New DNA origami technique promises breakthroughs in medicine

A new technique in building DNA structures at a microscopic level has the potential to advance drug delivery and disease diagnosis, a study suggests. 

A team of scientists, from the universities of Portsmouth and Leicester, has developed an innovative way to customise and strengthen DNA origami.

DNA origami is the method of creating nanostructures with remarkable precision using DNA strands as building blocks. However, these structures are delicate and can fall apart easily under biological conditions, like changes in temperature or exposure to certain enzymes found in living organisms.

In a new paper, published in the Journal of the American Chemical Society, researchers have presented a unique way to make the origami structures stronger and more versatile in a one-pot reaction, via a process known as triplex-directed photo-cross-linking.

By strategically modifying DNA strands during the design process, they were able to introduce additional nucleotide sequences – which are the basic building blocks of DNA - that serve as attachment points for functional molecules. 

Attachment of the molecules was achieved by using triplex-forming oligonucleotides carrying a cross-linking agent. They then used a chemical process involving UVA light to permanently link these molecules to the DNA shapes. 

A particular benefit of this approach is the generation of “super-staples” that act to weave the structure together. The paper says cross-linking to regions outside of the origami core dramatically reduces the structure’s sensitivity to heat and disassembly by enzymes.

Lead author, Dr David Rusling from the University of Portsmouth’s School of Pharmacy and Biomedical Sciences, said: "The potential applications of this technique are far-reaching. The ability to tailor DNA origami structures with specific functionalities holds immense promise for advancing medical treatments and diagnostics.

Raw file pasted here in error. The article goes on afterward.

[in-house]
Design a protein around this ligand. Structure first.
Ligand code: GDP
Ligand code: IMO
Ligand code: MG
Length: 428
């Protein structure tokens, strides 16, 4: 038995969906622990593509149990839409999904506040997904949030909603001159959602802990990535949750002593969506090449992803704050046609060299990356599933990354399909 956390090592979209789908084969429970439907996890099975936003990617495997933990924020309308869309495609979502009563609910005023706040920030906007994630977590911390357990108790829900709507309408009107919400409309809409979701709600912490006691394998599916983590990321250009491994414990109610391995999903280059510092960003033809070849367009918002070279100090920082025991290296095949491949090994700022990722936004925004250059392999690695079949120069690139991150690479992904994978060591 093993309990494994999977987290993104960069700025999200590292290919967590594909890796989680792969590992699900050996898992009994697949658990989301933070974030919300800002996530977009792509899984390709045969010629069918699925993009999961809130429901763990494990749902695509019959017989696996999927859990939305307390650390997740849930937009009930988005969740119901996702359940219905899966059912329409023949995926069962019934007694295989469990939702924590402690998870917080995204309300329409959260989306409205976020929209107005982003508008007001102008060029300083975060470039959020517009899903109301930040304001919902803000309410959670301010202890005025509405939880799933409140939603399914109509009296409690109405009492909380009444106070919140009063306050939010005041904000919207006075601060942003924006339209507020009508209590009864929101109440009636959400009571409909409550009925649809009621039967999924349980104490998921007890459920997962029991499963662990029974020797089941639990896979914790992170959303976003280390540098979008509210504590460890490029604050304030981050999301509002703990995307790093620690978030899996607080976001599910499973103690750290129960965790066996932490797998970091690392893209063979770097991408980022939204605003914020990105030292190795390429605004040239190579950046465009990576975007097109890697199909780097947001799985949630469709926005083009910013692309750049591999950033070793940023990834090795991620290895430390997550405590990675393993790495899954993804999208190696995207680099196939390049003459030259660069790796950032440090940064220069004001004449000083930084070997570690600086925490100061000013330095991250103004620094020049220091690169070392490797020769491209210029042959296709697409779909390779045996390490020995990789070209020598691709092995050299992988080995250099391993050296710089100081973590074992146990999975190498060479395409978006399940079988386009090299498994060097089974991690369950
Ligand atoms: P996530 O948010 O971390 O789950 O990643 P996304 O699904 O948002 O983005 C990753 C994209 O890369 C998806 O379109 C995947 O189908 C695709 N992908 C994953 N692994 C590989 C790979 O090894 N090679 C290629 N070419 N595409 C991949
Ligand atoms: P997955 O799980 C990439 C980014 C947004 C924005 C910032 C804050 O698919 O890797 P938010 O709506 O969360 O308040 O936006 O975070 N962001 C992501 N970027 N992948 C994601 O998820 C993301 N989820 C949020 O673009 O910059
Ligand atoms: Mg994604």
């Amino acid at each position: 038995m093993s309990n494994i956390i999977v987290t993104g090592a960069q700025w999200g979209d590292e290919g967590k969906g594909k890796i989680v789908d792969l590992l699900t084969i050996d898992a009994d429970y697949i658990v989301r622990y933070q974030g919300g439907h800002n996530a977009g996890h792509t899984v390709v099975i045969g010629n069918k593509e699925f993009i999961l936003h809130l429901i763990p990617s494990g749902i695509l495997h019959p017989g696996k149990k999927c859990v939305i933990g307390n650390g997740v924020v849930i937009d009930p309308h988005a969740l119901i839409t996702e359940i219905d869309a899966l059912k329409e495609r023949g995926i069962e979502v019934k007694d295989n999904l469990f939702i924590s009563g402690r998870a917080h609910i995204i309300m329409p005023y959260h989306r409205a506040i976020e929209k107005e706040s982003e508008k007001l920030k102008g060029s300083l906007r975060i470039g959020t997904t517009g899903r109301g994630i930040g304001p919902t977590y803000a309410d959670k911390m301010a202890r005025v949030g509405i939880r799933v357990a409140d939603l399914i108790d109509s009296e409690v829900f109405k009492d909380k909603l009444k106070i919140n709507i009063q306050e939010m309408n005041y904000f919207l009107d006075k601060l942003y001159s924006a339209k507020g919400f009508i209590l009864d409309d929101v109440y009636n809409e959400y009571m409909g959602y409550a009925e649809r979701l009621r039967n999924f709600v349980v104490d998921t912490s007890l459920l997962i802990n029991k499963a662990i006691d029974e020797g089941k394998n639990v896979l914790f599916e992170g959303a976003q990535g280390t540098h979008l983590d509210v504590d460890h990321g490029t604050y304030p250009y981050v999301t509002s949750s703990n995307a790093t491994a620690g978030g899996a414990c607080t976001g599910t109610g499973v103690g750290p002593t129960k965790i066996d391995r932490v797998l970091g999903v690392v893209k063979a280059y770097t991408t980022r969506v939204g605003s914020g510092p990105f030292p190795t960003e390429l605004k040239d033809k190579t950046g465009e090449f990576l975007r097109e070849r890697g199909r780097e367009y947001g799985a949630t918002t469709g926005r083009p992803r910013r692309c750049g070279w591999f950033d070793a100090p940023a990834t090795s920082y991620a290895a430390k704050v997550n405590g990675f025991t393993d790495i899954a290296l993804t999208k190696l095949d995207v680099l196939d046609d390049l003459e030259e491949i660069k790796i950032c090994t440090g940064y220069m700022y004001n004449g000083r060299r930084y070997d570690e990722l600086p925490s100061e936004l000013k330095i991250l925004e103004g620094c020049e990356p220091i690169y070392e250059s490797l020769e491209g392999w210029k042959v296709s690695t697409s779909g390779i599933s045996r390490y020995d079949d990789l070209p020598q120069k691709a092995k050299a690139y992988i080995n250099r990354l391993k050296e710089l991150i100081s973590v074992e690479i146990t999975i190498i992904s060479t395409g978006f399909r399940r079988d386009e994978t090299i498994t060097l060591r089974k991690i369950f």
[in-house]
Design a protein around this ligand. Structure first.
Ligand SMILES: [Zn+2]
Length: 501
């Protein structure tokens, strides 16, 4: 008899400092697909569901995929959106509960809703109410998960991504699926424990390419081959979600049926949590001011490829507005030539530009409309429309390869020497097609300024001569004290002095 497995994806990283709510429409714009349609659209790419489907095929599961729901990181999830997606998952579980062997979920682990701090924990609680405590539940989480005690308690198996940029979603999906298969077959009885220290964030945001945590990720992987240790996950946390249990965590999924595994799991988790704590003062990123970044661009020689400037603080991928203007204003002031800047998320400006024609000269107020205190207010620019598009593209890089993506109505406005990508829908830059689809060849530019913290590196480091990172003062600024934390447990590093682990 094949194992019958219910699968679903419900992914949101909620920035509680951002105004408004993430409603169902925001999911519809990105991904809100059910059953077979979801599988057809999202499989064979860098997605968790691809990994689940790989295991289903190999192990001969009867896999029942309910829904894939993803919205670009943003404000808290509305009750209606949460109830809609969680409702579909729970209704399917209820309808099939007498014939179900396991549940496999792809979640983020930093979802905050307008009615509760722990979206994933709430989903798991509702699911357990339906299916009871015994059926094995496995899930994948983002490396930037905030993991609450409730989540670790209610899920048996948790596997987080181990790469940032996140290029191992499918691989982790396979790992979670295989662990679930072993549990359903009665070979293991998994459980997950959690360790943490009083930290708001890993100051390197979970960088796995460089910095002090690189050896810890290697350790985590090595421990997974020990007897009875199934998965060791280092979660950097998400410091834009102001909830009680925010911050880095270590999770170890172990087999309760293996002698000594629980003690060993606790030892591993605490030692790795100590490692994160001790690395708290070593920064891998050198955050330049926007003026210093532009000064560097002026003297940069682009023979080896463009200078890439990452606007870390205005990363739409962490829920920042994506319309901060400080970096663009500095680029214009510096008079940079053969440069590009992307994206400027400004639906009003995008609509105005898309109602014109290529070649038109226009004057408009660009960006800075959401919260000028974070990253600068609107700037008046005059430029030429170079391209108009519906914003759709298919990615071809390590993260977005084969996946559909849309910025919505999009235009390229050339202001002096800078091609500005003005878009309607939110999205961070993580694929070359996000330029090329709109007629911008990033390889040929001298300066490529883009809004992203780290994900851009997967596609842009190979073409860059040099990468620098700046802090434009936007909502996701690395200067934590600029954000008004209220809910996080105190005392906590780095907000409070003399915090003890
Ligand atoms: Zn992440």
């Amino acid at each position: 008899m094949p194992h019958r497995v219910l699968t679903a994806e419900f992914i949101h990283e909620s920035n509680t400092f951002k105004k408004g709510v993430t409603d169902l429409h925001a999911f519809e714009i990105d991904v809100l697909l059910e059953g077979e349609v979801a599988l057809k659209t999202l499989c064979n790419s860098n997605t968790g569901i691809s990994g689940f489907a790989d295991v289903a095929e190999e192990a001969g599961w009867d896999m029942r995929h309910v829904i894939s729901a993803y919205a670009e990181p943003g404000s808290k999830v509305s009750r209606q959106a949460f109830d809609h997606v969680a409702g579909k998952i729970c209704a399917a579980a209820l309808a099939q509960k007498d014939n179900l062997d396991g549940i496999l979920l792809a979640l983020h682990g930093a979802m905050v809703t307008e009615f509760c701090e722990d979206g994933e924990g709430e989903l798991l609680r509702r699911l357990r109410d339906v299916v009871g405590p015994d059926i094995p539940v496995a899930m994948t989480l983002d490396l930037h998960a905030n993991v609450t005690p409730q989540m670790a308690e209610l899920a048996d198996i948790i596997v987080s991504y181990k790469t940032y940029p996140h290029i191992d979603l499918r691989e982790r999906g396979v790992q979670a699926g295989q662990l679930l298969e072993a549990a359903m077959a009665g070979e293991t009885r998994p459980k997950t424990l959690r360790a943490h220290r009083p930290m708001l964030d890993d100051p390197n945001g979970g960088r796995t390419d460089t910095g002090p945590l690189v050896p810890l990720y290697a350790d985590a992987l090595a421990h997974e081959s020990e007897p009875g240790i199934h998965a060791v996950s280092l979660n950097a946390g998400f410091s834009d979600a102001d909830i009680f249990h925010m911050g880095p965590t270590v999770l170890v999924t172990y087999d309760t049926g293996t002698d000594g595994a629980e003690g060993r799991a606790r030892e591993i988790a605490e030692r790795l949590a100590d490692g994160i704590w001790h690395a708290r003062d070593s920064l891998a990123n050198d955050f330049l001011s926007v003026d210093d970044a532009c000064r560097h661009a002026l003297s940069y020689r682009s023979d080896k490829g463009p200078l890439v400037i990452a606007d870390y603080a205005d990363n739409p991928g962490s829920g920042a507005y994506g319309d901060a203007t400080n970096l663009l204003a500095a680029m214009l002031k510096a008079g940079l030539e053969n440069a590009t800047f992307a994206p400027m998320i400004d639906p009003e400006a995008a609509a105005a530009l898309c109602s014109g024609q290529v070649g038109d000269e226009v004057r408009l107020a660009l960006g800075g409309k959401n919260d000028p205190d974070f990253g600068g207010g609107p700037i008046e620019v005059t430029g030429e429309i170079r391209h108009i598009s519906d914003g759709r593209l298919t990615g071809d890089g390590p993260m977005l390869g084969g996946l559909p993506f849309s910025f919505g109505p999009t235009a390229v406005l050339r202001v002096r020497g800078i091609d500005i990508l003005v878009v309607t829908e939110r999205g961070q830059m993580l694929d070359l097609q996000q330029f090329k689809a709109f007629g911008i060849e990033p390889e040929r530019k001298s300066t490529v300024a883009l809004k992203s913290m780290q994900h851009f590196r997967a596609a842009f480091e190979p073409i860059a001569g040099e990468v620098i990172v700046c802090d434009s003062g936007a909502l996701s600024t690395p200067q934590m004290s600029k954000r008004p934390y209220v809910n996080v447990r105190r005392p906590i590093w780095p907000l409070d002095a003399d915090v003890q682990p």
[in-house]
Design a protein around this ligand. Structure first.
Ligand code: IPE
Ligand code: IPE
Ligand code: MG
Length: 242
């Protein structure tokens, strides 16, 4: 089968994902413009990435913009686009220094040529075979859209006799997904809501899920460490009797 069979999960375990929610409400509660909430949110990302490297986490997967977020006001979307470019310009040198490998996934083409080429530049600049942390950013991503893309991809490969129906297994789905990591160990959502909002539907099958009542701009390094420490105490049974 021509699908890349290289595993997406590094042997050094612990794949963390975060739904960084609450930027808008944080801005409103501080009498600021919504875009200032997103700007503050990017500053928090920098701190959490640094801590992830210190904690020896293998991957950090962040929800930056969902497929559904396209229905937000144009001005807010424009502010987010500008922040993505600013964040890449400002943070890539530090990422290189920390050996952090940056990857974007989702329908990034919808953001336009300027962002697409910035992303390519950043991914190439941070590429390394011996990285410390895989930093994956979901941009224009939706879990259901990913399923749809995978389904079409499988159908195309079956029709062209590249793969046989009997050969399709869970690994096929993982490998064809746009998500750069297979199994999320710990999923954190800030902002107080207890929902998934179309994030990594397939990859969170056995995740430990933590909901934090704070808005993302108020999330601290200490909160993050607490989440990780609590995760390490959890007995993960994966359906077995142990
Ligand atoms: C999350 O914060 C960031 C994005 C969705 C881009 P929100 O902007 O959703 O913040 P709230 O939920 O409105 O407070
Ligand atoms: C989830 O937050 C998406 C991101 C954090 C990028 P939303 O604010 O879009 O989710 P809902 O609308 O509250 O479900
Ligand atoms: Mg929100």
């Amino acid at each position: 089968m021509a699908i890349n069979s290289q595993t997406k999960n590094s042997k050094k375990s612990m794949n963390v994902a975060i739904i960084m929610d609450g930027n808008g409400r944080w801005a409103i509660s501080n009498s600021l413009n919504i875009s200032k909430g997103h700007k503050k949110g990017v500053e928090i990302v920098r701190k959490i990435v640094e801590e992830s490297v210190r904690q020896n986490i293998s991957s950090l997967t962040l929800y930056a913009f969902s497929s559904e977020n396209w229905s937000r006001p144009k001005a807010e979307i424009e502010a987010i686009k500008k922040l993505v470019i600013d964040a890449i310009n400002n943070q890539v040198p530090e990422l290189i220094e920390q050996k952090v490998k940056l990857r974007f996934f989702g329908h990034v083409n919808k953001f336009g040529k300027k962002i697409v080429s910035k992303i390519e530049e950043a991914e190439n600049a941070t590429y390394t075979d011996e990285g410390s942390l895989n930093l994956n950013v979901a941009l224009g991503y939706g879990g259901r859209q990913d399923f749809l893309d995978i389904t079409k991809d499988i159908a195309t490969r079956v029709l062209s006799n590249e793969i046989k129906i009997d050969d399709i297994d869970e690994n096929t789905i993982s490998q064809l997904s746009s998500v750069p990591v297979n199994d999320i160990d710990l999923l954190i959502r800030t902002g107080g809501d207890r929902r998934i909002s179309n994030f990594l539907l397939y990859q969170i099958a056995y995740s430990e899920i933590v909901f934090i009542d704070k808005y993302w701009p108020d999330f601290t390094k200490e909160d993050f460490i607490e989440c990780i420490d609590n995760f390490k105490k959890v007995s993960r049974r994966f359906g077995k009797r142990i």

"We envision a future where DNA origami structures could be used to deliver drugs or DNA directly to diseased cells, or to create highly sensitive diagnostic tools.”

Current applications of DNA origami in biomedicine include vaccines, biological nanosensors, drug delivery, structural biology, and delivery vehicles for genetic materials. 

Co-author Dr Andrey Revyakin, formerly of the University of Leicester Department of Molecular and Cell Biology and Institute for Structural and Chemical Biology, said: “My lab has struggled for years to make DNA origami structures that remain functional in real-life biological applications. Dr Rusling’s triplex-based method, which “upgrades” the classical DNA double-helix with an additional third strand, stabilizes the DNA shapes and does so with great precision, without affecting the functional modules of the molecule.”

The paper says the new strategy is scalable and cost-effective, as it works with existing origami structures, does not require scaffold redesign, and can be achieved with just one DNA strand.

Dr Rusling added: “What is really exciting about this technique is that it did not change the underlying origami DNA sequence, offering the ability to use these structures as carriers for synthetic genes.”